Mark Braithwaite

Sunset Over Westminster by Mark Braithwaite
Sunset Over Westminster - Canvas by Mark Braithwaite
Last Bus Home by Mark Braithwaite
Last Bus Home - Canvas by Mark Braithwaite
Call To Order by Mark Braithwaite
Call To Order - Canvas by Mark Braithwaite
Mysterious Caller by Mark Braithwaite
Mysterious Caller - Canvas by Mark Braithwaite
Fine artist, realist artist, figurative artist, landscape artist. York-born and bred Mark Braithwaite has been known by all the aforementioned titles, if, indeed, titles are required to introduce his body of work. Known equally for his red telephone and pillar boxes set amid an oh-so London scene and the captured art of the female form, for argument’s sake we’ll refer to Braithwaite as a fine artist. Braithwaite’s story began in Yorkshire’s eponymous city back in 1970, where he displayed a love of drawing from the start. Braithwaite’s fledgling creative talent steered him toward higher education and in his case, Bradford University where he chose to study Visual Communication to acquire a broad design knowledge base as a springboard to a career in an art discipline.

In between term-time at uni, Braithwaite gained a new armament in his design portfolio, and a completely self-taught one to boot, as a pavement artist. Like Dick van Dyke’s pavement artist character in the film Mary Poppins, Braithwaite’s impromptu concrete etchings signalled the starting point to an epic adventure, only his being grounded in a lot more reality. This was also the juncture at which Braithwaite realised that he possessed an almost photographic memory, specifically one day as he sat perched on the steps of York Minster, whereby he first discovered that he required little if any reference material to kick-start his compositions. Braithwaite continued constructing and leaving his uniquely creative visual calling cards on historic York’s leading thoroughfares on leaving university, before deciding that canvas rather than paving slabs would leave a more lasting impression and gain him a somewhat wider potential audience. These painted cityscapes in turn would subsequently become prints too.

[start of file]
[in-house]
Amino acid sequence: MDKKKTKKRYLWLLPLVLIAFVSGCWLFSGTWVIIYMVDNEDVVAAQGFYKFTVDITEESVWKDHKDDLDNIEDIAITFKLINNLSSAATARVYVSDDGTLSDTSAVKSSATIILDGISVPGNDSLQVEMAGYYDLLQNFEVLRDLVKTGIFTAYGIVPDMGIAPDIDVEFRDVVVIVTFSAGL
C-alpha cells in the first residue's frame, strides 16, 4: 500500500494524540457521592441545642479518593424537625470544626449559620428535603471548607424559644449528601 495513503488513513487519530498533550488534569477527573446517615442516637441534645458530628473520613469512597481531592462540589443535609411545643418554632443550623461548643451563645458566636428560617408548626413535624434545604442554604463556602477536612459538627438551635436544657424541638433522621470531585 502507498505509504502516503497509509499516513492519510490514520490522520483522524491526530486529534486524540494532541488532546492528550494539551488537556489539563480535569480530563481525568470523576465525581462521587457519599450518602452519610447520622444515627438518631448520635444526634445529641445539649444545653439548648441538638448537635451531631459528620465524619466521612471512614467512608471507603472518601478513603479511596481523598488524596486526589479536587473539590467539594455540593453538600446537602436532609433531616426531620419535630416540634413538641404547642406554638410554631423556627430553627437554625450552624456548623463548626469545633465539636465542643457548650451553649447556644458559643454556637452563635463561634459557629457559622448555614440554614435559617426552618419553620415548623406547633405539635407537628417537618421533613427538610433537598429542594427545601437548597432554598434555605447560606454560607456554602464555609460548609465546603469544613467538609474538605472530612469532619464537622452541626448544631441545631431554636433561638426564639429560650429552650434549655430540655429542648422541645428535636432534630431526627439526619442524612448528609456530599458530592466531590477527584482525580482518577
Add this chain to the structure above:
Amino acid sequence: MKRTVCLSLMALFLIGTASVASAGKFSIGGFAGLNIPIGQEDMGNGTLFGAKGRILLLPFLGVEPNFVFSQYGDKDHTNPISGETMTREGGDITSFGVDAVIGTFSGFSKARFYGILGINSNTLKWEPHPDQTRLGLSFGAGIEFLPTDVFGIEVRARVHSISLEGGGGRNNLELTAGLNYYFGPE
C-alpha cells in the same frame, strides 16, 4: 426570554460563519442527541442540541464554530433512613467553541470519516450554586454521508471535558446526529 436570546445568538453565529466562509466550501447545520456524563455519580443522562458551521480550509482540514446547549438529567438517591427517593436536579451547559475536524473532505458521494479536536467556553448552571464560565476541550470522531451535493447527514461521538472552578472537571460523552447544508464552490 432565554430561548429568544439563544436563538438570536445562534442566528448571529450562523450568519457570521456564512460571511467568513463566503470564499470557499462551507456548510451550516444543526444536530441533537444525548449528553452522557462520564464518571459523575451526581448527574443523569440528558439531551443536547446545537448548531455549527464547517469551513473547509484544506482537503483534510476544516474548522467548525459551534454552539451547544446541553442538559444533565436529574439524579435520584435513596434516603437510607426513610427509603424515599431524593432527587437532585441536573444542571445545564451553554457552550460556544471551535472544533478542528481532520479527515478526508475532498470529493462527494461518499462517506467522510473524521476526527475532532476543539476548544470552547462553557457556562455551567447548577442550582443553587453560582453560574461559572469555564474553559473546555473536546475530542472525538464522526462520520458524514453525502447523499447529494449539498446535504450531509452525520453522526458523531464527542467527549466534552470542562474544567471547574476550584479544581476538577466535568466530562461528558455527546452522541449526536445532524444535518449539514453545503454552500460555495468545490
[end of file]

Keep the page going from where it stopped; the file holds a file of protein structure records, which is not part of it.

As hinted at the top, Braithwaite’s first forays took in landscapes, which he worked in acrylic on canvas from the outset, which the artist believed were more suited to his photo-realistic style of paint rendering. Yet over the intervening years, Braithwaite has dabbled in darker arts including 50 shades of oil, watercolour and pastel. Of his bespoke landscapes – and a familiar trait amongst many contemporary artists – Braithwaite conceals his very own trademark flourish; a lucky black cat going by the name of Lucy. Intense colours, discerningly disturbed perspective alterations and a seemingly painstaking attention to detailing are telltale signs of Braithwaite’s pictorial connections with his canvasses, whilst he’s long held a fascination with the objectivity that transient weather and light play on his evolving compositions, which ultimately herald persuasive nuances in relation to both reflections and shadows.

When it comes to Braithwaite’s figurative visual outpourings, he elects to condition and present these studies as oil on canvas eventualities, embracing vivid light and shadow to project a layered, atmospheric image which screams life. Of late, Braithwaite has made a successful return to pencil sketching, which was essentially where his journey commenced if you think about it. Evidence exists through Braithwaite’s pronouncement and articulate delivery of his subject matter as to influences derivative of Renoir, Manet, Raphael and Botticelli, and the artist is quick to admit that much of his inspiration comes from a balance between the Impressionists and the Baroque School of artistic thought and application, with the refined drawing attributes of the Renaissance artists prevalent in many of Braithwaite’s individual pieces.

Braithwaite has come far from his earnest beginnings as a penniless pavement artist making his first creative marks upon landscapes, literally, and his originals and printed reproductions sell worldwide, as well as from his own gallery that he opened and runs in York city centre, where he still lives today with his wife and son. Braithwaite has been selected on two occasions by the British Army to be their Regimental artist, for the much celebrated and high profile Signal Regiment and the Royal Artillery, while Nestle UK and the GMB union number among other corporate clients with whom he’s artistically collaborated. What’s more, Braithwaite was commissioned by the famous astrologer, Jonathan Cainer to produce artwork on his behalf.

And Braithwaite has been widely acknowledged within the industry, not least by the Art Business Today/Canon-sponsored annual competition which saw him become a category finalist in, while the artist was approached by the owners of stately Newby Hall in 2008 to produce a series of figurative impressions and paintings highlighting stunning vistas of the hall itself, on which the results were showcased along with other compositions as his solo exhibition in the Spring of that same year. As mooted earlier, Braithwaite is particularly interested in the lesser spotted – and quintessentially English – red telephone box, which formed the basis of his ‘Lost Connection’ series of paintings, which paid visual tribute to the rapidly fading British street furniture icon, and which duly received critical acclaim in the UK national press at the time.

Braithwaite’s figurative work is published by leading national publisher Solomon & Whitehead and is otherwise represented by Buckingham Fine Art Publishers.

View All Art Works By Mark Braithwaite